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the existing spark plug before it broke the end off it was coated in a thick black grit so i had to clean it with a welding brush, this got rid of it but it came back after a couple hours.

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With the plug heat range that far out and that much damage being done to the engine there is no way to speculate on the jetting. Could be pig rich (hence the black plug) and still preignite due to plug temperature.

With stock bore, and what appears to be untouched ports, I'd say starting with stock jetting would be a safe bet. Check what you have in there now, don't assume it to be stock. Heck, the things been sleeved, and running a plug 4 ranges too hot, so you never know what else has been messed with.

Whether or not you can handle breaking down the bottom end is for you to answer, not us. We don't know your experience or comfort level. Download the manual, read through it, see if you feel it's something you can handle. There's also some links in the FAQ that have both pictoral and videos of doing the bottom end on a YZ250. Won't be exactly the same, but will be very close to what it takes to do a 125. Look through those and decide if it's something you can tackle.

One guy that's never wrenched before might be great at staying organized and following directions and breeze through a bottom end rebuild. Other's claim to have done dozens, but can monkey it up like no one's business, like hammering a crank in, or using case bolt to pull the halves together (BAD!).

Also, for the bore:

Have a shop measure it with a proper bore gauge. Measuring the top and bottom edges tell you nothing, as there is no wear taking place there. Typically you would measure something similar to below, down from the top far enough you are where the rings run, middle of bore, and near the bottom, but still where the piston skirt is loading the bore.

Sleeved cylinders are more apt to wear than plated ones. I can't imagine it survived all that heat and pressure without wearing some. Or in the very least the scratches pictured will be deep enough that once honed out the piston-to-bore clearance will be too large, and require being bored to the next oversize.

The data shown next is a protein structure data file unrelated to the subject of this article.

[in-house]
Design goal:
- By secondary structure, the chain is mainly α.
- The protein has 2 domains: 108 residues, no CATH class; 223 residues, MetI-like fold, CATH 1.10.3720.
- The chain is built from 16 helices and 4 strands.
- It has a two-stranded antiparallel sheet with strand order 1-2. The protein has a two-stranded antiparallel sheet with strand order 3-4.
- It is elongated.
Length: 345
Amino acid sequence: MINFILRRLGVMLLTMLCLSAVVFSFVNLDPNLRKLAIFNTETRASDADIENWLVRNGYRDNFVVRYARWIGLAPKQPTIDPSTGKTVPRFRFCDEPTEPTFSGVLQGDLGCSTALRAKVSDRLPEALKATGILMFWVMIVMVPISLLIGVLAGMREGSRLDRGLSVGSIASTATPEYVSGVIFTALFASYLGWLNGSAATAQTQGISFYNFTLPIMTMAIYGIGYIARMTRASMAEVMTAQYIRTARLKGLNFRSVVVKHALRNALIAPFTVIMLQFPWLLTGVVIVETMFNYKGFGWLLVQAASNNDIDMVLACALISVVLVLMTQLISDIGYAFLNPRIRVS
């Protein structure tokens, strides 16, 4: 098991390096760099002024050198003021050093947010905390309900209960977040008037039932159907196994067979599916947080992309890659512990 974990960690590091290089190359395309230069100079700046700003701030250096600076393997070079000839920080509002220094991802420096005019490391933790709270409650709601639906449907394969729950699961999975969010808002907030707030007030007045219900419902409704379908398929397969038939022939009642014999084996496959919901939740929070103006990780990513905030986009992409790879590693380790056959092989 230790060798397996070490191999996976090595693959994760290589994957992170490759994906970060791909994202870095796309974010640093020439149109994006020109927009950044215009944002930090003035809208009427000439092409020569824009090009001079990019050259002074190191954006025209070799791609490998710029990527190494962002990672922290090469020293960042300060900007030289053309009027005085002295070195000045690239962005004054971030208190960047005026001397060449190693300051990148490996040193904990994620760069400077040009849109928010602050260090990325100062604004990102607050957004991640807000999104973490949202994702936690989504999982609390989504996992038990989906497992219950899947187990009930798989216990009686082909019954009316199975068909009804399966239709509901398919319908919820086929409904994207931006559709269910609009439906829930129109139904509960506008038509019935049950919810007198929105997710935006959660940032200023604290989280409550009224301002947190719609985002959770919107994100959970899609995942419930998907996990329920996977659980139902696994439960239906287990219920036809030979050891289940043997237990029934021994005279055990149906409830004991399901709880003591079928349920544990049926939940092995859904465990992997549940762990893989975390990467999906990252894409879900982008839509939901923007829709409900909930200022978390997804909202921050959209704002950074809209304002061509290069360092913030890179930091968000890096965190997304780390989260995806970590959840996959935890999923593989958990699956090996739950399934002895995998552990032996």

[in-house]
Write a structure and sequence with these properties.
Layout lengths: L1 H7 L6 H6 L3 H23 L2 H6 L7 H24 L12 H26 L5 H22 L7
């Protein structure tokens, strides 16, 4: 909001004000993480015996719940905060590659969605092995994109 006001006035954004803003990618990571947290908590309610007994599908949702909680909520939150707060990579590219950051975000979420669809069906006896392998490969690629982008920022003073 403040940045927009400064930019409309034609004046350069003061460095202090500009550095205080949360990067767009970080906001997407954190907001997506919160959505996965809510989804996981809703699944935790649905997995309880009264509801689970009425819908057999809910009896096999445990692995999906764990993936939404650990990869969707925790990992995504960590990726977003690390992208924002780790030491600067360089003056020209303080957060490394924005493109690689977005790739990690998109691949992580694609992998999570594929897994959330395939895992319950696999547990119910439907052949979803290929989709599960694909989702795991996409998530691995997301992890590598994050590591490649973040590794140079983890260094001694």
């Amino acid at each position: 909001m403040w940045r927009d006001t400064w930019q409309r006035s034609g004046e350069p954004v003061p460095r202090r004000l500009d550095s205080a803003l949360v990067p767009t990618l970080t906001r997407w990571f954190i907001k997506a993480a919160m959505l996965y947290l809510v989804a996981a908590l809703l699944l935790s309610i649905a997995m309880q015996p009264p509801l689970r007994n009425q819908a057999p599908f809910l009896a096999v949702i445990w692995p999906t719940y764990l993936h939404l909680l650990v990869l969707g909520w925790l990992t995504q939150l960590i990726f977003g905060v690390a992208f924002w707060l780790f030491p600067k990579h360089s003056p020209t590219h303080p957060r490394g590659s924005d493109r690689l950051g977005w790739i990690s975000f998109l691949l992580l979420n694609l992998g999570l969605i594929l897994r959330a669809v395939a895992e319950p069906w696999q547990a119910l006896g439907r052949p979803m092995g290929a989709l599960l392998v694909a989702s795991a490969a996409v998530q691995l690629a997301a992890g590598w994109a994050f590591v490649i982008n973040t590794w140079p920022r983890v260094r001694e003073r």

i20961.gif

Edited by adam728
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Guys, listen to Adam on this one, he is sharing some good info. With that original plug being at least three heat ranges hotter than recommended, there is no way to tell if the rest of the engine/jetting are even in the ballpark.

To the OP, as Adam said you need to go back to ground zero and set everything back to factory specs, especially in the ignition and jetting departments. Once you have done that, and have a fresh topend on the bike you can start tweaking it to get it to run properly.

One possible reason that someone put such a hot plug in there would have been the bike was fouling the proper plug. Could have been jetting related, worn topend, or even a bad clutch-side crank seal.

If you do decide to crack the cases yourself, you may as well replace all of the bearings and seals while you are in there. Absolutely no sense in cracking the cases just to clean it all out and put it back together with unknown hours on the bearings and seals. New seals and bearings can last for several years depending on how hard you ride and how you maintain the bike.

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You all get to say "i told you so" 🙂

I was convinced by my dad that the bottom end is and will be fine so i left it the way it was and just replaced the top end, while trying to start it after the rebuild the kick start seized.

I took the top end back off including the cylinder, put the bike in gear and rotated the back tire both directions, it seems to make almost a full rotation before seizing then i can rotate the tire the other direction and then it seizes again just bore a full rotation.

After doing this 3 or 4 times it just seizes altogether and wouldn't rotate at all.

Anyone have a link to a tutorial or a step by step guide on how to remove the bottom end from the frame, crack it and clean it?

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Well that certainly sucks.

Do a search on YouTube for bottom end rebuilds. There is a series on there from Rocky Mountain ATV (IIRC) that is pretty detailed on cracking the cases and putting them all back together. I believe they demonstrate using a YZ250 engine, but your bike will be very similar and the basics are the same.

Have you obtained a shop manual for the bike yet?

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The service manual explains it all step by step, I like to buy one to have next to me when I'm working, but u can download one online for cheaper.